Italian last names, or popularly known as the surname or family name, is defined as the name used to identify the members of the family as distinguished from each member’s given a name. Each country, based on its history and culture, has different sets of these surnames.
It is an interesting fact that Italy has an excessive number of last names.
Let us now take a trip back to the past and discover the roots of Italian family names. We will also take a look at the Italian last names list.
The Italian last names list is of great variety due to its long and complex history and geographical location.
History of Italian Last Names
It was said that in ancient Rome, the citizens’ names were in three parts, namely: a basic first name, a name in which a person’s family is identified, and also a unique name that describes the individual.
The basic first name, known as the praenomen, is similar to our modern Christian names. Nomen, on the other hand, is the second name which shows the genes or the family of origin and finally, the third name, cognomen, was a kind of nickname given to the individual or that side of the family.
This three-part name was common throughout the Italian history until the medieval days when the latter two names were dropped, and the people carry only one name.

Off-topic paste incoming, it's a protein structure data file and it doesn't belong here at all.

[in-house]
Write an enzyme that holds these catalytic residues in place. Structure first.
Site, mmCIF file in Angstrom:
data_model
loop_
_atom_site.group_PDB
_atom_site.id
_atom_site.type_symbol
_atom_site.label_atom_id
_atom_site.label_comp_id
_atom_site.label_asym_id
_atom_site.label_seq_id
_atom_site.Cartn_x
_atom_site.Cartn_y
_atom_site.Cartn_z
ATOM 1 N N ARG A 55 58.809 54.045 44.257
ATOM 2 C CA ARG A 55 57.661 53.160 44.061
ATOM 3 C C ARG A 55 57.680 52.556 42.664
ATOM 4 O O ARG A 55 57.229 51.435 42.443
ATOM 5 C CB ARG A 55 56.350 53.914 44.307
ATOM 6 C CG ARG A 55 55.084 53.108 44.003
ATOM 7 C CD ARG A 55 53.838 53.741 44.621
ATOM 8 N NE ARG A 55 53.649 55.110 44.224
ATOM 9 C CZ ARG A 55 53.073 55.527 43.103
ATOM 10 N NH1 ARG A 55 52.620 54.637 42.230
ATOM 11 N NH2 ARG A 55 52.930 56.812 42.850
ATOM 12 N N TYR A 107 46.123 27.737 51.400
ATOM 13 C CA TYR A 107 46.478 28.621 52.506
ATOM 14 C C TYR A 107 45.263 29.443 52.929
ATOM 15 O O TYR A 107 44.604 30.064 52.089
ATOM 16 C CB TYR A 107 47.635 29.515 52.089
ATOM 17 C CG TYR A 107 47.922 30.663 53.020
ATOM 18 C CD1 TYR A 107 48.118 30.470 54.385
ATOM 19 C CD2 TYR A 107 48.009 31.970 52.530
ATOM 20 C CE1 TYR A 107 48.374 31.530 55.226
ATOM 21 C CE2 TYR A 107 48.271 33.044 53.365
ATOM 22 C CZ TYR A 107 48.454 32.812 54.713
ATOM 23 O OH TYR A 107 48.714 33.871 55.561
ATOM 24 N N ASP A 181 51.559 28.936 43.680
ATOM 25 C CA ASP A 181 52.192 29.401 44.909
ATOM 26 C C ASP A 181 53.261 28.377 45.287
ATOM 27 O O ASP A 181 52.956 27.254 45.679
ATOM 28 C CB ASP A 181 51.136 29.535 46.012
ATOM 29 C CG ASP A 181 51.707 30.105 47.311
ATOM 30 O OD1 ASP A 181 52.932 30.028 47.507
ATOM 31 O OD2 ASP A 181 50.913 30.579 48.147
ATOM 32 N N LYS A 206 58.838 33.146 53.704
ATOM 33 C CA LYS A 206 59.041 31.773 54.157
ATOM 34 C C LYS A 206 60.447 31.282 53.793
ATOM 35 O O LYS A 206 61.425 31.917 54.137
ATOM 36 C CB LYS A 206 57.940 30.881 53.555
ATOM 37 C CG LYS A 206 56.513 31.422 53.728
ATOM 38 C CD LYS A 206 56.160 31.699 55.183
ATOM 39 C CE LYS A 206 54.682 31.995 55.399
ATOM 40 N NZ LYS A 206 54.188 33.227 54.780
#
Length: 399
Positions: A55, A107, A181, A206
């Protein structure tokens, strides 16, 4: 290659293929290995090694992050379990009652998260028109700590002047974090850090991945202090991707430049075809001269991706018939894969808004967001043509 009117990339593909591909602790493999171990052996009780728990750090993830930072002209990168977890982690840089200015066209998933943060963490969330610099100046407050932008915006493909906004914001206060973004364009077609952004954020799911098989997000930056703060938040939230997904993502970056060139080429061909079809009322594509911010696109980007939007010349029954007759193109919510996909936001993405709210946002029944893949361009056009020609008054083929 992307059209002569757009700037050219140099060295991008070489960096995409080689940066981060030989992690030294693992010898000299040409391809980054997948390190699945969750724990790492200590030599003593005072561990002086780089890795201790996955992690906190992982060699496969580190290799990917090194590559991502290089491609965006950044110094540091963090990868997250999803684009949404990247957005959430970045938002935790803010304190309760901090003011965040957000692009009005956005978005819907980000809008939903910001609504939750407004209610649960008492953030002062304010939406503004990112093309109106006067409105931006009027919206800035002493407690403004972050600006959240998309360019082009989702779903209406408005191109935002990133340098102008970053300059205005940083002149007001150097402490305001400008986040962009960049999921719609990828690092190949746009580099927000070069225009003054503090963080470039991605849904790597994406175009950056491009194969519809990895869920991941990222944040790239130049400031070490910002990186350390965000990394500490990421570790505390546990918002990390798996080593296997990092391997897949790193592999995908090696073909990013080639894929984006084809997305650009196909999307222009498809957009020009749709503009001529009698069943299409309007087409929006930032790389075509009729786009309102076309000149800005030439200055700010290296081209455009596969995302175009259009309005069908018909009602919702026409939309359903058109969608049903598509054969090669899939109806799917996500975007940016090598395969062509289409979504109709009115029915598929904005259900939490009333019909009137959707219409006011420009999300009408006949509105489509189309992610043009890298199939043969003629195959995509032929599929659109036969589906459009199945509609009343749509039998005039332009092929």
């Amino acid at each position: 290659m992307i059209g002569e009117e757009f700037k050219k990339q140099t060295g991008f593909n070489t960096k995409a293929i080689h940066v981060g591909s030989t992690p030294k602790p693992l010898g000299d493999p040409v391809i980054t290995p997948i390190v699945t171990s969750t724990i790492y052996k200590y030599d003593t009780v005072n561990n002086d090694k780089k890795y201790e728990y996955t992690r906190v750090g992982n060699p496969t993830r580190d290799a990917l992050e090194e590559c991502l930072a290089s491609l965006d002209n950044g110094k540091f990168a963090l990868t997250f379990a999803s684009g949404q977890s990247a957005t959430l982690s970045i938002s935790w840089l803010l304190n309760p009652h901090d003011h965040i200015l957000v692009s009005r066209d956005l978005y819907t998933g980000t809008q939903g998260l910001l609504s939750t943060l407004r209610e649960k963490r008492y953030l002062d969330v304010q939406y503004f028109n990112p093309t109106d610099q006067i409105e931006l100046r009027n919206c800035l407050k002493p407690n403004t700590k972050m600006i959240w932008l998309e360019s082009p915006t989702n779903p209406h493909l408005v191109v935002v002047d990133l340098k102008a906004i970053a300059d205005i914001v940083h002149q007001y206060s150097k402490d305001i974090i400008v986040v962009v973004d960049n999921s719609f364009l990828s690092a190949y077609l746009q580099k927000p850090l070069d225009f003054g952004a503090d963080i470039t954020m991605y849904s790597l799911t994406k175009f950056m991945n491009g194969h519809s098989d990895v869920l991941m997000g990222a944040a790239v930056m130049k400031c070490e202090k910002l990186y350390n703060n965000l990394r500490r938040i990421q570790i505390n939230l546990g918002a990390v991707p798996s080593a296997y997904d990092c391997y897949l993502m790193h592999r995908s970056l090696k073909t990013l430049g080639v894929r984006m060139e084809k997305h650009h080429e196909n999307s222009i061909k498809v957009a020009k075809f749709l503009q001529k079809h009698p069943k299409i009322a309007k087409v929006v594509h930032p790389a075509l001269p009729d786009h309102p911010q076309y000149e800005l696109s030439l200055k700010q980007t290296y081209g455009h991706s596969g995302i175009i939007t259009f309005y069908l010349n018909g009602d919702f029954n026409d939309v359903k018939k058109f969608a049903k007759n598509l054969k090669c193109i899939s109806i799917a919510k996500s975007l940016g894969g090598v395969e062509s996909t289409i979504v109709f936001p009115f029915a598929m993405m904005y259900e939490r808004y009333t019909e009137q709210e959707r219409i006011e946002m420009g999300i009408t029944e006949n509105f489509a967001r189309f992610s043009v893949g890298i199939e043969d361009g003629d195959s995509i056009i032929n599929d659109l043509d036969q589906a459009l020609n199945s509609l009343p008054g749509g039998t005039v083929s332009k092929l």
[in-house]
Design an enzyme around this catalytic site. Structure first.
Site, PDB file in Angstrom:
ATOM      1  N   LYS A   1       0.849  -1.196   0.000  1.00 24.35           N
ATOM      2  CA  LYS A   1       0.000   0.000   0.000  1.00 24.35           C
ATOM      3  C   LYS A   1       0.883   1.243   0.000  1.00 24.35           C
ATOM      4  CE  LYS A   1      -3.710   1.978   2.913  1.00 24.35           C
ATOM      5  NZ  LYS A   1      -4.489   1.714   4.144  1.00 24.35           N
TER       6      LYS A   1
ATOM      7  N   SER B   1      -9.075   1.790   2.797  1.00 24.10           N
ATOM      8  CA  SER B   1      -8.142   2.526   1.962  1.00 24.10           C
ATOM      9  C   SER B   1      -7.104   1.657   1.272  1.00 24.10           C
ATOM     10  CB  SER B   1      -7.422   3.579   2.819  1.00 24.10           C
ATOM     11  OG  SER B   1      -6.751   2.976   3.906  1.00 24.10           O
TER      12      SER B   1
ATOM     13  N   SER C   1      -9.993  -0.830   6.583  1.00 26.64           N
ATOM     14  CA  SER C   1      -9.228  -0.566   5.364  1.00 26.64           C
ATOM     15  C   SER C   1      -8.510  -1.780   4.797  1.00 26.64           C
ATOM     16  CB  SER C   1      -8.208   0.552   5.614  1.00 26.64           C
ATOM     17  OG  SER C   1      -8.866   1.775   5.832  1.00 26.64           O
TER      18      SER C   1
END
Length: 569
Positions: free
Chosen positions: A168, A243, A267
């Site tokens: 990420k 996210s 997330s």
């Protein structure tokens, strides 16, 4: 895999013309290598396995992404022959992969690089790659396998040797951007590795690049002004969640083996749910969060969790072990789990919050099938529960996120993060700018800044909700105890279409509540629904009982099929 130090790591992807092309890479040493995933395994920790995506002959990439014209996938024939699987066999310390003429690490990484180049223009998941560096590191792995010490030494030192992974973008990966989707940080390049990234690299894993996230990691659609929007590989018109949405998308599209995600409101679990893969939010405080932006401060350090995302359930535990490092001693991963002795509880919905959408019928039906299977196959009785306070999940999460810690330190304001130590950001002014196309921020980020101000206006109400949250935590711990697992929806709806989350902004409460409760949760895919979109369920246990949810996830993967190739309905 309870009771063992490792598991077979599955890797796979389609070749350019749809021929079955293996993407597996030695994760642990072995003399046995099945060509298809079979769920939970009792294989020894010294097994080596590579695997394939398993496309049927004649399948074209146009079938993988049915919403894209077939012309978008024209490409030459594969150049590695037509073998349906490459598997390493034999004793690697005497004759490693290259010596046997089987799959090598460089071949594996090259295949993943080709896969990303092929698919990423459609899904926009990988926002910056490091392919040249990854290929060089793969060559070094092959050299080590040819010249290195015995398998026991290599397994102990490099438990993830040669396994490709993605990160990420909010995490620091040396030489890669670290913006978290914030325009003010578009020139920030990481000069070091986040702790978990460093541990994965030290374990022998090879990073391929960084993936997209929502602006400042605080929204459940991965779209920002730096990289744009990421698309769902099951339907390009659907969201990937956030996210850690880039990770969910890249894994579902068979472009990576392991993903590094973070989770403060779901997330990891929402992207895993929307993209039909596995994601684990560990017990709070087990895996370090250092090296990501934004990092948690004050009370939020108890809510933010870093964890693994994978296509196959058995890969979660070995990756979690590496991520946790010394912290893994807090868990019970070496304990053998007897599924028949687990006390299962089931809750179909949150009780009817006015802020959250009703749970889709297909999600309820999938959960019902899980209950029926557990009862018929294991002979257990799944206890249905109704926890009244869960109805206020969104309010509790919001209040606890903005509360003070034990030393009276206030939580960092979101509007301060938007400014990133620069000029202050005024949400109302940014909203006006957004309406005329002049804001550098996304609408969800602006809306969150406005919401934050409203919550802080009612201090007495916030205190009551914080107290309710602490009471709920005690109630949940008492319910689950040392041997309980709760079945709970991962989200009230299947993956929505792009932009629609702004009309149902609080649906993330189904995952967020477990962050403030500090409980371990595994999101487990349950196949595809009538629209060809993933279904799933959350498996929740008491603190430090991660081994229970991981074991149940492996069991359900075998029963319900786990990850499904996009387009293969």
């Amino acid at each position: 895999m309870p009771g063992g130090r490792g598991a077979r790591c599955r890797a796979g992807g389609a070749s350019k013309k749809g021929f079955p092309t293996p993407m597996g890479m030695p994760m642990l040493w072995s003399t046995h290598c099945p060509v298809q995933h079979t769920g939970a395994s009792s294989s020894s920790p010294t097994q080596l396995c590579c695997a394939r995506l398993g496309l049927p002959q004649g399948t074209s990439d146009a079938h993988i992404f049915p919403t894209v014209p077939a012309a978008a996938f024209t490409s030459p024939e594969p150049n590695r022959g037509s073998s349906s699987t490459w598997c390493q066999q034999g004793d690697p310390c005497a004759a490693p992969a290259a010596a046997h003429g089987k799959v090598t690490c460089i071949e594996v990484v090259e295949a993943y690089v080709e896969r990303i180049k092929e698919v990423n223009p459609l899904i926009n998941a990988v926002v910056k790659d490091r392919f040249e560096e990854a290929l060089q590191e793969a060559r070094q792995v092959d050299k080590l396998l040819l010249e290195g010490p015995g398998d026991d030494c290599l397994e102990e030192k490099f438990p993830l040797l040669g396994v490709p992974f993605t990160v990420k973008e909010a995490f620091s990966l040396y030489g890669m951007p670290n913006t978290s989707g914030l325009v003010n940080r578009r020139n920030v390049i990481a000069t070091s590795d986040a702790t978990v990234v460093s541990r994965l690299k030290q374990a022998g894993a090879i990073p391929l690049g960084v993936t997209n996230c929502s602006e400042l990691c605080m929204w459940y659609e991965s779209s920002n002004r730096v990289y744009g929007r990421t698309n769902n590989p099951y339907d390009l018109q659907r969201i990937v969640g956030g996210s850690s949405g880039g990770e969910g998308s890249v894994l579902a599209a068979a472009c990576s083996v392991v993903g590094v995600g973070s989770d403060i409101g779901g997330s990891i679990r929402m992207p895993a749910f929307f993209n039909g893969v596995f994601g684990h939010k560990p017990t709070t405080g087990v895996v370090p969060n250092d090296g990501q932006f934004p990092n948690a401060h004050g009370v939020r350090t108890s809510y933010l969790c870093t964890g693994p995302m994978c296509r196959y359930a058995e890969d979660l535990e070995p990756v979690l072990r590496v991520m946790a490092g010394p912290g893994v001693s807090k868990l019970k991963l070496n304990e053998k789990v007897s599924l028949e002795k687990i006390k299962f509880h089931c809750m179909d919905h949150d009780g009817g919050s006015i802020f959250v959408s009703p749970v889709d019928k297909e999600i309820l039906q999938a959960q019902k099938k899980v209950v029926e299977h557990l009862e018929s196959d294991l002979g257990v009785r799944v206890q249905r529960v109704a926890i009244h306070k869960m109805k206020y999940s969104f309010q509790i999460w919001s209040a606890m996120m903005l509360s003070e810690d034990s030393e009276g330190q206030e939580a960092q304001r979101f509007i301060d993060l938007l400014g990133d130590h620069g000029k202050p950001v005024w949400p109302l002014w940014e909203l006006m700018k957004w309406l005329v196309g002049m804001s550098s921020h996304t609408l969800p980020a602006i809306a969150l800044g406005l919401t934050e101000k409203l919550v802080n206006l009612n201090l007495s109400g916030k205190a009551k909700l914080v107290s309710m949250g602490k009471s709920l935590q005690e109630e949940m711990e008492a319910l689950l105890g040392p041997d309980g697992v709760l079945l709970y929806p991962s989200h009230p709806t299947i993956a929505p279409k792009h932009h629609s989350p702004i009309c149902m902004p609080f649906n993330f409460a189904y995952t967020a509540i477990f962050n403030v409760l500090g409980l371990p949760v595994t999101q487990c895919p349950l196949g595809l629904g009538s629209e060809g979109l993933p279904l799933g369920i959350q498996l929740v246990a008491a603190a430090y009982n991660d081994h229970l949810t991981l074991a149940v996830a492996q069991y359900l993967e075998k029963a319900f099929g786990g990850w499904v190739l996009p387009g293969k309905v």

However, this tradition of giving a person only one name caused confusion among the citizens, so the Italians gradually began to add a second distinguishing label to their names.
By the 15th century, most Italians identified themselves by their individual names, as well as their last names.
Italian last names list may be very long, but these names commonly identify a person by their family or their father. These types of surnames are referred to as patronymics.
Italian last names that include a prefix of “di” or “da” often mean “son of.”
An example of this is when you come upon a family name “di Francesco,” it would mean “the son of Francesco.”
The suffix “ucci,” on the other hand, means “descendant of.”
Most surnames come from a Christian name, a place or a nickname. Occupation or the social status of a physical characteristic can also be a source of a family name.
An example of this is the surname “Rossi,” which is the most common family name in the Italian last names list, which means red and might refer to an ancestor with a ruddy complexion, or red hair.
Italian surnames can also identify where an individual came from.
Some of these family names simply identify a person with local geography, such as “di Montagna” for “of the mountain.”
Individuals or families that migrated often took on the last name that describes their region of origin, like “Milani” or “Romano” if they were from Milan or Rome.
As for Italian women, they keep their Italian maiden name after marriage although they are allowed to add their husband’s name after their own.
This option though is not very attractive due to the complexity of requirements to modify a name in official documents.
For children born of married couples, they automatically get the father’s family name.
As promised, here is the 100 most common Italian last names list, in order of occurrence:
Italian Last Names (UPDATED)